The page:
COVID-19 Research – United States

In June 2020, SWE surveyed its members to understand how the COVID-19 pandemic was impacting their college and career plans. Below are highlights from our findings. Download the full report here.


Impact of COVID-19 on SWE Collegiate Members

SWE collegiate members not only had their Spring 2020 interrupted, but for some, their summer and future opportunities were also changed. Almost one-third (32%) of SWE collegiate members who received a summer job offer had the offer rescinded or postponed. Similarly, almost a quarter (24%) of students who graduated in Spring 2020 had their job offers rescinded or postponed.

College students and summer job opportunities
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Graduating seniors and job opportunities
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Students have expressed concerns about their future in college. Specifically, 48% of students are concerned that the pandemic will delay their college graduation date. Moreover, 66% of these students who are very concerned about graduation delays report that they are having difficulty with school-life balance.

Concerns about delays in graduation time
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Satisfaction with school-life balance by level of concern about graduation delay

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When asked about their intentions for the Fall, the most frequent responses seem to point that colleges and universities are opting for hybrid learning environments. While the majority of them responded that they plan to attend on-campus classes (76%) and take online classes (59%), a small portion of students are considering other options, including 11% taking a gap semester and 10% taking a lighter course load to save money.

Intentions for Fall 2020
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Still, the impact of COVID-19 is also exacerbating existing inequalities among students with disabilities and students of color. For instance, a higher proportion (38%) of students with disabilities than their counterparts (32%) reported that their summer job offers were postponed or rescinded due to the pandemic. Concerns about graduation delays were more pronounced among students of color, such that 57% of students of color were concerned about delays in graduation only 41% of white students expressed similar concerns. All students reported a significant increase in their time spent doing household chores, however, the difference between students of color and white students in hours spent on chores prior to COVID-19 and during COVID-19 also increased.

Impact on students with disabilities
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Students of color are disproportionately affected
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Impact of COVID-19 on SWE Professional Members

Over half (58%) of SWE professionals are considered essential workers, and about half (44%) were required to physically report to their workplace during the ongoing pandemic. Still, professionals expressed concerns about their future employment with 37% of professionals reporting concerns about losing their jobs in the next 6 months due to the pandemic and 70% reporting concerns about their ability to find another job if they lose their jobs in the near future. These concerns are warranted given that about a quarter of professionals report that their employers have furloughed employees, implemented salary cuts, laid off employees, and delayed promotion decisions while almost half of them also reported that their employers have implemented a hiring freeze.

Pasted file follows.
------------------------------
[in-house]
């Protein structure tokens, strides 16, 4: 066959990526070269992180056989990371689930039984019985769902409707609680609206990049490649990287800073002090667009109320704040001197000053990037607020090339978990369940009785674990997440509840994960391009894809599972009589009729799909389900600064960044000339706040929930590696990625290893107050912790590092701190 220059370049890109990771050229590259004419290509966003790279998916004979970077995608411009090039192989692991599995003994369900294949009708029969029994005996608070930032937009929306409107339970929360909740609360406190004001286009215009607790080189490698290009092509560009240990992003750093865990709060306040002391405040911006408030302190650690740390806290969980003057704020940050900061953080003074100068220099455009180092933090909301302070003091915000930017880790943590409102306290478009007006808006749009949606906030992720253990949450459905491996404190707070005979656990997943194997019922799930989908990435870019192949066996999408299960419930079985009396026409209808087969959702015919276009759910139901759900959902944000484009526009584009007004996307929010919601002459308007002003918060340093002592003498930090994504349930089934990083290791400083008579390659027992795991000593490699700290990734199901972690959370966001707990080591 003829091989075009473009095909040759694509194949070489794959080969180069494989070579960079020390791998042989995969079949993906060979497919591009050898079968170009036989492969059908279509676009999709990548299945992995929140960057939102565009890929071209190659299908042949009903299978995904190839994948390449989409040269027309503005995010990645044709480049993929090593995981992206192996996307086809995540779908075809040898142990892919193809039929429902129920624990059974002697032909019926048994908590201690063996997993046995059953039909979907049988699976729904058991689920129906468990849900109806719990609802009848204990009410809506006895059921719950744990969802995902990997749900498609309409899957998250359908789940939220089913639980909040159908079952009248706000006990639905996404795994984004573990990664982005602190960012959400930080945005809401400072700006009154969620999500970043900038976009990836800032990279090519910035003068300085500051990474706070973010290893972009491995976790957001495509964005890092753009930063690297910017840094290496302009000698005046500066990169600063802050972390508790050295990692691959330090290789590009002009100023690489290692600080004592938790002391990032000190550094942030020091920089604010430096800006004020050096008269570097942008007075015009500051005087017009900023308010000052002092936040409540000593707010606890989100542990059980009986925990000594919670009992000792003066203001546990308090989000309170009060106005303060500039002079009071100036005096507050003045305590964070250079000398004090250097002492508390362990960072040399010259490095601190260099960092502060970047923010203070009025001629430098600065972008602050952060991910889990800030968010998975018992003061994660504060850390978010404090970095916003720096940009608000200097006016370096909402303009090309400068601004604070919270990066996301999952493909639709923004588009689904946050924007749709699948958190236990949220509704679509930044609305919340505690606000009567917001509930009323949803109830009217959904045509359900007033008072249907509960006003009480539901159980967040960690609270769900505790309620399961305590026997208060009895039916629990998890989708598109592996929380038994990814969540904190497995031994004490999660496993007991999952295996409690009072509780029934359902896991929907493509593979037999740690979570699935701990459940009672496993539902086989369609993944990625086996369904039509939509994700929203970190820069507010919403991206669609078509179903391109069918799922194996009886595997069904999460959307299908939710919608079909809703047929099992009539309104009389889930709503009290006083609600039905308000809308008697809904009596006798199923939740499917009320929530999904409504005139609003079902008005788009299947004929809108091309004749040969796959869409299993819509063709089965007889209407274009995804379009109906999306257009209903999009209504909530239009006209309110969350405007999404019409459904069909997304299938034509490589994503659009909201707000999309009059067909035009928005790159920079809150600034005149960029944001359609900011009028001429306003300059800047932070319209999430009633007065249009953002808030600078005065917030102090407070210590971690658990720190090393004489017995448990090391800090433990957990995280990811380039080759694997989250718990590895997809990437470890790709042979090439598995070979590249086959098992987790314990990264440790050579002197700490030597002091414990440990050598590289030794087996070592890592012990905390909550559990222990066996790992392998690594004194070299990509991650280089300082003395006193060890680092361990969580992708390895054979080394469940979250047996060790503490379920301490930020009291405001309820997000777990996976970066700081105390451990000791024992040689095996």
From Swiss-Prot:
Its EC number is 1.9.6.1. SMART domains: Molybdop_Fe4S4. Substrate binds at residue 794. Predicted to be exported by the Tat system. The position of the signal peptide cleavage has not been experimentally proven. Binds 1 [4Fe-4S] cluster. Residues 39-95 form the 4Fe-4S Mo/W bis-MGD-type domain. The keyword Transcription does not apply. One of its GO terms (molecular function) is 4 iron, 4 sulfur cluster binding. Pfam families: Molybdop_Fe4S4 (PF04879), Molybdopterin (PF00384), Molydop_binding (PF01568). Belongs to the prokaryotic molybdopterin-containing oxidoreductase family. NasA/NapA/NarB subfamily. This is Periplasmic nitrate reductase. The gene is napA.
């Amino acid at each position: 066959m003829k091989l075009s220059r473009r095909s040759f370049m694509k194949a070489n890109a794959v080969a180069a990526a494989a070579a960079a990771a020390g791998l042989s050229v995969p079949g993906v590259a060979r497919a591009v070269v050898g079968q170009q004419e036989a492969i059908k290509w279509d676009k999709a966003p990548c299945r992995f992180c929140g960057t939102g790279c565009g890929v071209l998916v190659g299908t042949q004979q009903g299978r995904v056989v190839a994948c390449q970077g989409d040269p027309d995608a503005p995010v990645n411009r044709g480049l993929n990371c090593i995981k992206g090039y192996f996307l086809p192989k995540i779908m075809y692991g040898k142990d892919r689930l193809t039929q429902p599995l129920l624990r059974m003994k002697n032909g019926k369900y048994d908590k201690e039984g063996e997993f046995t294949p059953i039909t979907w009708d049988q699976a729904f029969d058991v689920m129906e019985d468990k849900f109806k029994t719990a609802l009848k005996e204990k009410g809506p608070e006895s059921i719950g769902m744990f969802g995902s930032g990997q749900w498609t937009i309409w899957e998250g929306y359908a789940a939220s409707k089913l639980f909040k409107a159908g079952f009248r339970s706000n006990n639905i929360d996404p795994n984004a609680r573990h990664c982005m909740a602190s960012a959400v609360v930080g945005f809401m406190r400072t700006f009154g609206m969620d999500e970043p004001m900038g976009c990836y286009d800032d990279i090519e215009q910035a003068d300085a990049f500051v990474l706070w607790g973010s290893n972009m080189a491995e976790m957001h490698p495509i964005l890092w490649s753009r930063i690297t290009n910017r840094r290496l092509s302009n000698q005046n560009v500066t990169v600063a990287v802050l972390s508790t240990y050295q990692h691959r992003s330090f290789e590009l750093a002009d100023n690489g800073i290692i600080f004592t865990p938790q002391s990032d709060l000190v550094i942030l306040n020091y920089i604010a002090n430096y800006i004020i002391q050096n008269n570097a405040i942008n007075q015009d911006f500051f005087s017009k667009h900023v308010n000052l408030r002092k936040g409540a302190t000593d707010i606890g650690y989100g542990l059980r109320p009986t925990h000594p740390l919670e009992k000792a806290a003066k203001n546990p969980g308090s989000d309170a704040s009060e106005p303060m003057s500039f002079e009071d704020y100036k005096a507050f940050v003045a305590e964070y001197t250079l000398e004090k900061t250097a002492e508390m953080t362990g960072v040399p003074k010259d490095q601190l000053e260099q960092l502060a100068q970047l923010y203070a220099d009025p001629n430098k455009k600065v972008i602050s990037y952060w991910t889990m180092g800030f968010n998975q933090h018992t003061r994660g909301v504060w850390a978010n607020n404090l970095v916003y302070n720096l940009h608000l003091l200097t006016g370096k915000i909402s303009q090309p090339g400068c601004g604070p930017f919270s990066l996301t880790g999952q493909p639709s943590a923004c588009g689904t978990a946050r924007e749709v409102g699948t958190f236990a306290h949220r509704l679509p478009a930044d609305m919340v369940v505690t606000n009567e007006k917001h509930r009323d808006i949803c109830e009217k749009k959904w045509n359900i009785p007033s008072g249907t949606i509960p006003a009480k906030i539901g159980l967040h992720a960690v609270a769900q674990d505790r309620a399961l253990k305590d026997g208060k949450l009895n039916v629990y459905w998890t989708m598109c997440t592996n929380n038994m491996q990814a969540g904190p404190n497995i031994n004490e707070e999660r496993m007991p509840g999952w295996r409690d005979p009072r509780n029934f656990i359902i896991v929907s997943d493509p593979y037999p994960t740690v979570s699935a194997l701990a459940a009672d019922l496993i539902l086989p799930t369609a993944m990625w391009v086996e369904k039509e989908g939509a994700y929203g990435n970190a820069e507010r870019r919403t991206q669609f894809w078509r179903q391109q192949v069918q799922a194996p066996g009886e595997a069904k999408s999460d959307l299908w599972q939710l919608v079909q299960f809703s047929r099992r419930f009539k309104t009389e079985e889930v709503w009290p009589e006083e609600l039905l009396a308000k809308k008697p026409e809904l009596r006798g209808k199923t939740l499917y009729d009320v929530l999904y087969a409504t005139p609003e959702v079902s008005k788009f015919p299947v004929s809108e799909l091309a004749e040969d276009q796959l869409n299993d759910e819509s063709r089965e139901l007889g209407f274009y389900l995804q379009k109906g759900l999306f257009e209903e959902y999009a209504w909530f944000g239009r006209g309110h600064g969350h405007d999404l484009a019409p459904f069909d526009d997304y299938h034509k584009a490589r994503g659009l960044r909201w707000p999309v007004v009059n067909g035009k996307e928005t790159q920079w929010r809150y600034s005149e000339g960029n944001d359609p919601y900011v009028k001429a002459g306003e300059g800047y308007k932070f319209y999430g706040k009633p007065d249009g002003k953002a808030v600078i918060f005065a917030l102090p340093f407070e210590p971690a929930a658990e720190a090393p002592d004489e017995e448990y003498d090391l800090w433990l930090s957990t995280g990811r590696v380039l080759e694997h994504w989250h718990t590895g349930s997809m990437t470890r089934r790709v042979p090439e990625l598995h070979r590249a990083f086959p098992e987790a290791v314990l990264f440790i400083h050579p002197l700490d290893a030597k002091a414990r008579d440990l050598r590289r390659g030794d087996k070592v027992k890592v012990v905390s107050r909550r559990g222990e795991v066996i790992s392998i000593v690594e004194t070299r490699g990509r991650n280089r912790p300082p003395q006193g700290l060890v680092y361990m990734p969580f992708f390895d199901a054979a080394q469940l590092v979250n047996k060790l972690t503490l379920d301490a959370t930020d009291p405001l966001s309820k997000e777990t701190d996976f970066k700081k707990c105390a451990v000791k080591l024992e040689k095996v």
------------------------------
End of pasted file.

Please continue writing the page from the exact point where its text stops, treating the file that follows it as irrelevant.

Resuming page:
SWE Professionals who are essential workers
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SWE Professionals required to physically go to place of work
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SWE Professionals’ concerns about their future employment
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Employer response to COVID-19
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Despite possible changes to their employment opportunities, 76% of SWE professionals approved of how their employers responded to the COVID-19 pandemic while 93% report that their employers have provided adequate communications in addressing pandemic-related concerns to its employees.

Unfortunately, approximately one-third (31%) of professionals also reported more bias, including getting talked over, interrupted, and ignored, during virtual meetings than they did during in-person meetings. While 68% of women and queer/non-binary professionals report being satisfied with their work-life balance and the majority report equally sharing childcare responsibilities with their partners, most SWE professionals are solely responsible for their children’s educational support and caring for their adult dependents.

SWE Professionals’ experiences with bias during virtual meetings
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Share of family responsibilities
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Additional COVID-19 Research